ZOct 21 - Nov 8.pdf - Math 137 notes FALL 2019 October 14...

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Math 137 notes - FALL 2019: October 14 - November 8 Ian Payne Please read these rules and guidelines. 1. These notes are for academic purposes only . That means you are not permitted to use them to acquire any sort of compensation, financial or oth- erwise. 2. If you wish to share these notes with someone who is not enrolled in MATH 137, please ask me first. 3. You are not allowed to complain about these notes. If I get a complaint I will remove them and stop updating them. 4. I will post these in bulk occasionally. I have my own reasons for deciding when to update them. Asking my to post them early is a violation of rule #3. 5. These notes are merely what I write to prepare for lectures. They are min- imally edited at best and there is no guarantee that they reflect what was done in class (though they usually will). 6. If you see a typo or you think there is a mistake (mathematical or otherwise), please let me know! Of course, it’s your job to figure out how to report an error without violating rule #3 , [I’m pretty reasonable. Just be polite!] 7. This should follow immediately from rule #2, but do not post these notes on any website without my permission . To save you some time, you won’t get permission so don’t bother asking. 1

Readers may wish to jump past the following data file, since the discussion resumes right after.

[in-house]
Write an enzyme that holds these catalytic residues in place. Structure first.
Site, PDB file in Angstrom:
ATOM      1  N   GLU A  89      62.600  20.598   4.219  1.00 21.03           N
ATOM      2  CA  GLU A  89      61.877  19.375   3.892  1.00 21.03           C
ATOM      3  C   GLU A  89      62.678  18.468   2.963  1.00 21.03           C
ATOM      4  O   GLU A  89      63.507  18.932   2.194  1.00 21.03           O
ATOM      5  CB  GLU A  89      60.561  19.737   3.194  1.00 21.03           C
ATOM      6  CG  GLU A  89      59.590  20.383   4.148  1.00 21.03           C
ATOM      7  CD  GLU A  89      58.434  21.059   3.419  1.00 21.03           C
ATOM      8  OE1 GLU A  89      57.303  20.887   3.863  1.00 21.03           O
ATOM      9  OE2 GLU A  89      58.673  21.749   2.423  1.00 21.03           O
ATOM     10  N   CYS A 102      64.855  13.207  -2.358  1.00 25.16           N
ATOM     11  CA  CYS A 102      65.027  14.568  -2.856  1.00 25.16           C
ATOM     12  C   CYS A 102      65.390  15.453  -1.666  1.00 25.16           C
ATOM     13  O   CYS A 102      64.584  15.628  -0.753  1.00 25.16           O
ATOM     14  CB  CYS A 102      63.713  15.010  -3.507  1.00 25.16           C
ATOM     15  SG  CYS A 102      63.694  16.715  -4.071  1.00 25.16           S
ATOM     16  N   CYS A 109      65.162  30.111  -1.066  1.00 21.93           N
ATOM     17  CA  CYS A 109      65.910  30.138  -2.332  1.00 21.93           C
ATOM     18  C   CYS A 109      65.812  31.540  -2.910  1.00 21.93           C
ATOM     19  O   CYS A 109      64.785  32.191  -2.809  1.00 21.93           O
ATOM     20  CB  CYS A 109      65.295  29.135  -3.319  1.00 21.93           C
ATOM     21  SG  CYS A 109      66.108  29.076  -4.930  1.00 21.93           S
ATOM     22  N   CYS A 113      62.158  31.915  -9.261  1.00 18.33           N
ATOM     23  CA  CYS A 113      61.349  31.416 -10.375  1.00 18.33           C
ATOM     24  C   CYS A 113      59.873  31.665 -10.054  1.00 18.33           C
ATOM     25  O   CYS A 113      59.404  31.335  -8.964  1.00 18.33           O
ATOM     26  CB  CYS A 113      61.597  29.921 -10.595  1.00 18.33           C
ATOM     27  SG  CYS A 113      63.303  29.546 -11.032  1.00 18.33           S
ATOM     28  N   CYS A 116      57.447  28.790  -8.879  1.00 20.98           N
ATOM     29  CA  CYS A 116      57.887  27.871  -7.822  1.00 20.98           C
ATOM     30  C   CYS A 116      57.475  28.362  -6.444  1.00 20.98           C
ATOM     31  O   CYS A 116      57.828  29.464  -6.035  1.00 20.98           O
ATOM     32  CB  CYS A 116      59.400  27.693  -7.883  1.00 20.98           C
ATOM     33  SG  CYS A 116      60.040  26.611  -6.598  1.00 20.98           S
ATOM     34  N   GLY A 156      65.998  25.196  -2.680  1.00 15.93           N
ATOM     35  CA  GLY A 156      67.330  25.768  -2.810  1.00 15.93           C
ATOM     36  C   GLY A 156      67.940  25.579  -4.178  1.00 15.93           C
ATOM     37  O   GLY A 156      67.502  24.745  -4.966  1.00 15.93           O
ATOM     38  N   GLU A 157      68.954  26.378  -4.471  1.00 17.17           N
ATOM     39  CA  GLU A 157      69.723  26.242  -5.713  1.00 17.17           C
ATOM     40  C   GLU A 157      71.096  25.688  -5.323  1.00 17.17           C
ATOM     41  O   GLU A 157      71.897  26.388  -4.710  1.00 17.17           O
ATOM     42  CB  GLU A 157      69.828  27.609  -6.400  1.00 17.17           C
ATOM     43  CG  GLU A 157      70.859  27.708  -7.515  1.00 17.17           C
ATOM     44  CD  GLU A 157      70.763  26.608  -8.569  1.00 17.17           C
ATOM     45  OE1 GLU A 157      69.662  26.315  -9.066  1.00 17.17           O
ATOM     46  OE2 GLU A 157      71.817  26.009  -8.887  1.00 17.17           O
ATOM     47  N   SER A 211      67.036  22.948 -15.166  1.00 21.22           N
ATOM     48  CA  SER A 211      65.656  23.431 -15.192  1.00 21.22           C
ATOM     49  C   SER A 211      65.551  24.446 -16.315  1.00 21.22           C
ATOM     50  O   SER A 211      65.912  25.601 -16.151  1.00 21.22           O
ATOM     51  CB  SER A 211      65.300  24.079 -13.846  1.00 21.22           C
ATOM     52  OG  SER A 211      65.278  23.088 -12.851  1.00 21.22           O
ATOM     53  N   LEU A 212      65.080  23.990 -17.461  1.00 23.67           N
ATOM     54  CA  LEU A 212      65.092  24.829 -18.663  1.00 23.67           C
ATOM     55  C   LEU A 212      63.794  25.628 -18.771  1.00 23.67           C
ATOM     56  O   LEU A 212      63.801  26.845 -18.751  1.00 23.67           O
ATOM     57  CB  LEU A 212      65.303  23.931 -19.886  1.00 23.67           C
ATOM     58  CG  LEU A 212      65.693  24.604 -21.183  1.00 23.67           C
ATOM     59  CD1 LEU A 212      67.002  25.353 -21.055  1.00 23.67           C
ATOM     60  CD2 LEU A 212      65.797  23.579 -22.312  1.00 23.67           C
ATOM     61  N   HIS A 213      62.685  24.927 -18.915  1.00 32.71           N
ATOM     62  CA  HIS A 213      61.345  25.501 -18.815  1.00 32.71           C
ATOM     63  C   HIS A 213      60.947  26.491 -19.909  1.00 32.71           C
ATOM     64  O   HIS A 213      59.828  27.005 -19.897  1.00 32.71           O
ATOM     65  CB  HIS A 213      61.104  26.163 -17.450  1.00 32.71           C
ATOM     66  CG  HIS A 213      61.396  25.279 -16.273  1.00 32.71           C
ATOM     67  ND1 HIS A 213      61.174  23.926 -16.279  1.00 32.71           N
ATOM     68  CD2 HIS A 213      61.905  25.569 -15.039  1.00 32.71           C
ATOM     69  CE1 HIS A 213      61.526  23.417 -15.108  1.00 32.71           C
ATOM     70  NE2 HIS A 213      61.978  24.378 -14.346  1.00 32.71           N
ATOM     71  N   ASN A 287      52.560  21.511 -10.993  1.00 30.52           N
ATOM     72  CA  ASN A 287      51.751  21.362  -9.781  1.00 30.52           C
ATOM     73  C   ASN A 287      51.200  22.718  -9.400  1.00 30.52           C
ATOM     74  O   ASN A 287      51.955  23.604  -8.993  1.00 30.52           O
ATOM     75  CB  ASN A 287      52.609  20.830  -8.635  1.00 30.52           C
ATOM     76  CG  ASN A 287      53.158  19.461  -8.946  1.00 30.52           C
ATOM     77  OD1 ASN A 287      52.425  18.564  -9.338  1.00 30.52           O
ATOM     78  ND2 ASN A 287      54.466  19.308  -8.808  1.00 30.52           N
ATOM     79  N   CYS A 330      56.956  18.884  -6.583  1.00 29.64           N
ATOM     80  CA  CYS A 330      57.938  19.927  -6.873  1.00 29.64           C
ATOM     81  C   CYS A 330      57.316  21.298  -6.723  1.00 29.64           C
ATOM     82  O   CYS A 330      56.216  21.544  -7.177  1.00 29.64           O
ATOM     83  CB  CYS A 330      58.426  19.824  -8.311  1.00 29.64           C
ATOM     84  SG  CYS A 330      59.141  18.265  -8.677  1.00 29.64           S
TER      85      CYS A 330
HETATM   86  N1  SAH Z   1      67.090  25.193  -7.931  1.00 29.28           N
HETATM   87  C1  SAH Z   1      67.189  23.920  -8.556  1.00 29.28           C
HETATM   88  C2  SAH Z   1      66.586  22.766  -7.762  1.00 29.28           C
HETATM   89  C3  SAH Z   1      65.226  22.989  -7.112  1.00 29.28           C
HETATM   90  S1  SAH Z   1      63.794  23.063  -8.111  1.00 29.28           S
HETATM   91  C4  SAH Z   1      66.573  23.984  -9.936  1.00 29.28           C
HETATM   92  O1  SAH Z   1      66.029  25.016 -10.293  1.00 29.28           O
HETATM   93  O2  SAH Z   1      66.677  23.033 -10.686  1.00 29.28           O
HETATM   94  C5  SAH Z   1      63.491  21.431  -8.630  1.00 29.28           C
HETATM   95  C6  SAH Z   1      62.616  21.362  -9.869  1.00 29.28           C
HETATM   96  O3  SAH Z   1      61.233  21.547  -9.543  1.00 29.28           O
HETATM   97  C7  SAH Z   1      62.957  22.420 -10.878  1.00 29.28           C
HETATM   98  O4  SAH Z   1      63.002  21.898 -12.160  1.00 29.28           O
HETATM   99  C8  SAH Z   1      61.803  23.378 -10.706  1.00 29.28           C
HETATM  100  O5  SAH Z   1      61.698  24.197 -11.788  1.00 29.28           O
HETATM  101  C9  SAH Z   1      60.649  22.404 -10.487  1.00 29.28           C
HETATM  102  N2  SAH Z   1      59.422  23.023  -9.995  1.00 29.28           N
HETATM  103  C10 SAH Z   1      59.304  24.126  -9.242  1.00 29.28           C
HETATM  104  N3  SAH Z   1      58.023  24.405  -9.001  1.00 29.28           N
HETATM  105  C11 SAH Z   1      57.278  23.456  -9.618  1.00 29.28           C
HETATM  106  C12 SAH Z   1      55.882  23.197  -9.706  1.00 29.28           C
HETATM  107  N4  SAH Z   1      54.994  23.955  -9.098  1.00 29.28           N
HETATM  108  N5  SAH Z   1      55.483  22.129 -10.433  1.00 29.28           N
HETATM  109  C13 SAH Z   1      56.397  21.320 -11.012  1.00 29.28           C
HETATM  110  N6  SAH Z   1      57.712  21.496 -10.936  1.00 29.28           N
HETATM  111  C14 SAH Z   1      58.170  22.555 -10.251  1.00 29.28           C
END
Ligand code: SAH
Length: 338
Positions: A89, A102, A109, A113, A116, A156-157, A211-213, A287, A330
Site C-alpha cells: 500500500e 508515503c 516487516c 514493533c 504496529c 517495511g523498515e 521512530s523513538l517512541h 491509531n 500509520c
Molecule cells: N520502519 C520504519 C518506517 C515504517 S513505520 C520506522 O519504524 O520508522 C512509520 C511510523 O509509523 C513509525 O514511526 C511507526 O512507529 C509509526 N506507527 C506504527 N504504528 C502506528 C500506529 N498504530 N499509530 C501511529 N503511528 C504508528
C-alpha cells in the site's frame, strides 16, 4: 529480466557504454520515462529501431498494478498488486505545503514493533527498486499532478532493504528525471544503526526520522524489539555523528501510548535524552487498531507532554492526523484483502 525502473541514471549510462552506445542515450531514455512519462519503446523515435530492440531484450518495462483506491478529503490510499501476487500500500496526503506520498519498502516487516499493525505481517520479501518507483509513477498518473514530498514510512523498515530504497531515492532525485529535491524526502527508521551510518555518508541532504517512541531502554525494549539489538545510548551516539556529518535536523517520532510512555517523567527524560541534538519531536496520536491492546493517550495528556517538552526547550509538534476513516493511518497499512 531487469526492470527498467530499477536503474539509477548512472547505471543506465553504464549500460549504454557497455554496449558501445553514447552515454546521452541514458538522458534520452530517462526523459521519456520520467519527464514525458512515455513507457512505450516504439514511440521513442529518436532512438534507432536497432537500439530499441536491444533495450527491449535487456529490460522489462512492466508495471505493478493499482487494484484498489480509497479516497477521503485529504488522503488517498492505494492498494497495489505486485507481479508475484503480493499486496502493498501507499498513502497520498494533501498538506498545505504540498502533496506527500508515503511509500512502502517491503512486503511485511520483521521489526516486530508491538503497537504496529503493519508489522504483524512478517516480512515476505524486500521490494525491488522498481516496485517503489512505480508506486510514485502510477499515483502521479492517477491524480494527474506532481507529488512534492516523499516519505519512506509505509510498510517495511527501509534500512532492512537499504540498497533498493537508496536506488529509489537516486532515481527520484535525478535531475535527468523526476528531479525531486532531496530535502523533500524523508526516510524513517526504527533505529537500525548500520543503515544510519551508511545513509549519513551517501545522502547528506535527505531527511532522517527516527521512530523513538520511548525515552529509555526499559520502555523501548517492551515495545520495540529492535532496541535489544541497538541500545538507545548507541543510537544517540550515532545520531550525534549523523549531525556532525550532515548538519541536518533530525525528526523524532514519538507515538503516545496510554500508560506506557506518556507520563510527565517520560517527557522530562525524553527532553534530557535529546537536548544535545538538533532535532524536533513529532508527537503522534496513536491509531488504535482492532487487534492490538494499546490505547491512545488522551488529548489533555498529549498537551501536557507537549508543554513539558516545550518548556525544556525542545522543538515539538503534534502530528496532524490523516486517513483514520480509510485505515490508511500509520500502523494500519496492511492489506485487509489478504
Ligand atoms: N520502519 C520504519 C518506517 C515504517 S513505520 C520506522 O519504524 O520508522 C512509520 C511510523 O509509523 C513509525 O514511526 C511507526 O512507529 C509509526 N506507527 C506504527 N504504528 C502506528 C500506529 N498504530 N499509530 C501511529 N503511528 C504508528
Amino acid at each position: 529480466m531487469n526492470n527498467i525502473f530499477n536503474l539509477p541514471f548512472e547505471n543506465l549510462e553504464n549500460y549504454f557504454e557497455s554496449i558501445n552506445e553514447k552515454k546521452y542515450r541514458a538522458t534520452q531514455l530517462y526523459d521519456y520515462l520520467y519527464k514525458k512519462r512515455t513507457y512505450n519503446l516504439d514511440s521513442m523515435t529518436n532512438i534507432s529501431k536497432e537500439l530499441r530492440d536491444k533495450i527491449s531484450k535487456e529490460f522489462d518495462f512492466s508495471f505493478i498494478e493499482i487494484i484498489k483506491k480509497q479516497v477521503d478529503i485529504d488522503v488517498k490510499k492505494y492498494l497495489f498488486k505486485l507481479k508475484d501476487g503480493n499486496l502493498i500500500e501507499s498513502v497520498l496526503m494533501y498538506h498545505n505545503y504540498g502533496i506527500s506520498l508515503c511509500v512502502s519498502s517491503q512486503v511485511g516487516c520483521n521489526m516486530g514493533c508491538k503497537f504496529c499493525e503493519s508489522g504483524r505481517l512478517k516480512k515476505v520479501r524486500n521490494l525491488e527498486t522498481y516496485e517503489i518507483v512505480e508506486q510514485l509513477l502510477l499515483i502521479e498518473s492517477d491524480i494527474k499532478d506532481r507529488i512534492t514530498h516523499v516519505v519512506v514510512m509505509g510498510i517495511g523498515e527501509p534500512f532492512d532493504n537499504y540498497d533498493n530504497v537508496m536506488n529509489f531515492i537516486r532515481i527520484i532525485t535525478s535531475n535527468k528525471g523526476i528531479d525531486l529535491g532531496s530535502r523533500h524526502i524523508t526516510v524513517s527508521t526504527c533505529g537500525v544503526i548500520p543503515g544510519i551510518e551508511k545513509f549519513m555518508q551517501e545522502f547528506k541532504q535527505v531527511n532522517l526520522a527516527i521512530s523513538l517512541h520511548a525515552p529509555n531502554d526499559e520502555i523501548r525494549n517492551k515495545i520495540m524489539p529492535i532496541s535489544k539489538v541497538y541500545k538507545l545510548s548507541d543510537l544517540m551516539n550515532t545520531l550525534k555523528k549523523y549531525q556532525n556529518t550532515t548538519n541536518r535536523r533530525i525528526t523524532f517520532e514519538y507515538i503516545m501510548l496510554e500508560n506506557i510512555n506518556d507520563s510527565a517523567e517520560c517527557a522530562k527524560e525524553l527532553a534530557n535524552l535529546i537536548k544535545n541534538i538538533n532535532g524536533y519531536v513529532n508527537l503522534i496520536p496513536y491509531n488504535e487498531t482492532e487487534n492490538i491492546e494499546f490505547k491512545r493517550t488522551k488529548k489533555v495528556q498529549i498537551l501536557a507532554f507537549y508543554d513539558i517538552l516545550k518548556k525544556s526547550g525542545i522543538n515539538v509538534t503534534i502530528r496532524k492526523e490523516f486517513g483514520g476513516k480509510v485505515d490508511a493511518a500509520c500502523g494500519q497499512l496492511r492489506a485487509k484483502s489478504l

Not to be posted on any website without permission from the author October 21 The Derivative Function Definition. Let f ( x ) be a function and I be an open interval. We say that f ( x ) is differentiable on I if it is differentiable at every point on I . In this case, the function f 0 ( x ) is defined on I by f 0 ( a ) = f 0 ( a ) for each a . 1 Note that this implies f ( x ) is defined on all of I , and from a Theorem from last class, it implies it is continuous on I . There are similar ways of extending the notion of differentiability to closed intervals by taking some care with the end points, but I’m not going to do this. To be differentiable at a point, you really require the function be defined on an open interval containing it. Definition. If f ( x ) is differentiable on all of R , we say that f ( x ) is differentiable. I don’t think I mentioned this earlier, but the same goes for the word “contin- uous”. Notation. This notation is due to Leibniz: we say d dx f ( x ) or df dx means the same as f 0 ( x ). The creature d dx is called an “operator”, which is a fancy word for “function”, but we use a different word because it usually takes functions as its input. Indeed, you can think of d dx as a function which takes a function (whose variable is called x ) as input, and outputs another function (the derivative) whose input variable is x . If the function is called f ( t ), the operator would be written d dt . It is important to note that this is not a fraction. The notation is meant to remind us that derivatives are slopes, which are calculated as the limit of fractions. There are also ways, in particular when you get to integration, where df dx can be treated rather like a fraction.

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